Luongo to speak Thursday morning (Update: Canceled)

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In his first public interview since the Canucks traded Cory Schneider at the draft, goalie Roberto Luongo is scheduled to talk with Vancouver radio station CFOX tomorrow at 9 a.m. local time.

Suffice to say, it may be worth a listen.

Update: It’s possible the interview has been canceled. We emailed the radio station this afternoon but didn’t hear anything back.

Update 2: Just heard back. The interview is indeed off. No reason given.

Luongo, 34, has only been quoted once since the Schneider trade, by TSN’s James Duthie on Sunday.

“I’m shocked,” Luongo told Duthie. “I have to let this sink in and figure out what I’m going to do.”

Luongo has also tweeted twice, the first time to make a joke…

…the second to offer his support for Schneider…

But it’s still unclear how Luongo feels about returning for next season (and beyond) as Vancouver’s starter.

It’s been widely reported that he desired a fresh start elsewhere, and that’s what general manager Mike Gillis tried to accommodate.

In May, after the Canucks were swept out of the playoffs, Gillis said it was “unlikely” that the veteran goalie would be back.

But Gillis never did trade Luongo, largely blaming provisions in the new CBA for being unable to move the $64 million front-loaded contract.

Obviously, it’s been quite the emotional roller-coaster ride for Luongo. Last July, also on CFOX, he all but assured listeners that his time in Vancouver was over.

“Never say never, but I think we all know what’s going on, we’ve all seen what’s developed,” he said. “At the end of the day I think it’s time to move on, and I’m OK with that. I’ve had a great six years in Vancouver and I think it’s a wonderful city. I really enjoyed my time there. Sadly I could never win a Cup there, which is probably my greatest regret, but it was a great six years.”

Never say never, indeed.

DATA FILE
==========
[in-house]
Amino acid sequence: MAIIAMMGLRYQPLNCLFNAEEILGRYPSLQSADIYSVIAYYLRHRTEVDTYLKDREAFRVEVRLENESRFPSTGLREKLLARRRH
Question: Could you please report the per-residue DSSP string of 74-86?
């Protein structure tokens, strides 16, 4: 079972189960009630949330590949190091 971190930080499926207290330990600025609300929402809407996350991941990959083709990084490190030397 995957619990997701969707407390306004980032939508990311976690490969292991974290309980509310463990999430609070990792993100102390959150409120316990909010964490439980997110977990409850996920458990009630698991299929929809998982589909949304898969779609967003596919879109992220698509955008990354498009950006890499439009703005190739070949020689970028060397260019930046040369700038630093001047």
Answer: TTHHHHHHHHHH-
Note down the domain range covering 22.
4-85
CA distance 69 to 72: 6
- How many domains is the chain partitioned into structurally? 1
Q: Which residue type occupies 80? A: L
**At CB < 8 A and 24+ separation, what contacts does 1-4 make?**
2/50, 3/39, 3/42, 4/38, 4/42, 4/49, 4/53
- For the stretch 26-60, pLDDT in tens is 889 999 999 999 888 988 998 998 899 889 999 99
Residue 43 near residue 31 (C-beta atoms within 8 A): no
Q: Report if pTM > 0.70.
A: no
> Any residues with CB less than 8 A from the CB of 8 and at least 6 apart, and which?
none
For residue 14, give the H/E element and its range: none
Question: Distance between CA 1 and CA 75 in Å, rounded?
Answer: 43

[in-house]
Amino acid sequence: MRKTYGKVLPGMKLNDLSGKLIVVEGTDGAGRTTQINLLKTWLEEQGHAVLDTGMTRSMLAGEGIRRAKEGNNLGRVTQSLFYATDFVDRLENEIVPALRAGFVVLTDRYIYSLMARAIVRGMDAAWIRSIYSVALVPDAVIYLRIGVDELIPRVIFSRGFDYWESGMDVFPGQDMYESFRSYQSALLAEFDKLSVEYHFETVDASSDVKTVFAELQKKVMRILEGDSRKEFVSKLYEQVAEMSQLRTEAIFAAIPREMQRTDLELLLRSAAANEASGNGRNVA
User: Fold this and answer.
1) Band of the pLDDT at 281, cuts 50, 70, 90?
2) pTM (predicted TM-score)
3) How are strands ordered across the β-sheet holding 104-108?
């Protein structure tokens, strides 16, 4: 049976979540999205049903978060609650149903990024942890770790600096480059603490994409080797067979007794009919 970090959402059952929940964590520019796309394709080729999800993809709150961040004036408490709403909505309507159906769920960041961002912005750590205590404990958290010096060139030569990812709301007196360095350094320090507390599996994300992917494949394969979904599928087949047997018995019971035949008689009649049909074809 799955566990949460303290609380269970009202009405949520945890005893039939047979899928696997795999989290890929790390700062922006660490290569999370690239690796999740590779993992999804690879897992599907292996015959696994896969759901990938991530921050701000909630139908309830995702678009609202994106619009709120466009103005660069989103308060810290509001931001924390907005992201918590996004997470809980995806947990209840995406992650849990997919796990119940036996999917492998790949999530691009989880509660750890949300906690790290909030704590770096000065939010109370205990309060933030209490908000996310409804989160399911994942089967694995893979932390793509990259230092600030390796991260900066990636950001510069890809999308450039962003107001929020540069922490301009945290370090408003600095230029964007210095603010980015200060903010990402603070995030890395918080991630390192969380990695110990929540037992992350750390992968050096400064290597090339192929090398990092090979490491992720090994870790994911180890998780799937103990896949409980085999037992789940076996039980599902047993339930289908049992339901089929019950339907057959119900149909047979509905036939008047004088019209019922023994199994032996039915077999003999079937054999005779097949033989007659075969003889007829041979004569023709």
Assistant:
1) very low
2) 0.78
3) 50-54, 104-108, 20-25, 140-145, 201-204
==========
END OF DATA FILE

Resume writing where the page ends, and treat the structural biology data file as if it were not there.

Yakupov becomes UFA after Blues don’t extend qualifying offer

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Nail Yakupov, the first overall draft pick only five years ago, has become an unrestricted free agent.

The 23-year-old winger was not extended a qualifying offer by the St. Louis Blues, thus providing him UFA status. He played 40 games for the Blues in 2016-17, battling a knee injury and scoring just three goals.

Yakupov wants to remain in the NHL, saying in May he has zero plans to return to Russia. It’s possible he could re-sign with the Blues at a lower salary than his qualifying offer would’ve been.

If not, there are 30 other teams he can speak with now.

Yakupov is currently in the conversation with Alexandre Daigle and Patrik Stefan in terms of biggest first overall busts in NHL history.

The Blues did extend qualifying offers to five players: defensemen Colton Parayko and Petteri Lindbohm, forwards Magnus Paajarvi and Oskar Sundqvist, and goalie Jordan Binnington.

‘Hawks sign Forsberg, who should be Crawford’s new backup

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Anton Forsberg, the former Columbus goalie Chicago acquired in the Brandon Saad-for-Artemi Panarin blockbuster, has signed a two-year extension with the ‘Hawks.

Forsberg, 24, came to North America in the ’13-14 campaign and has spent most of his time with Columbus’ AHL affiliate. He helped the club capture the Calder Cup in 2016, and that performance was part of the reason Chicago GM Stan Bowman went out and acquired him.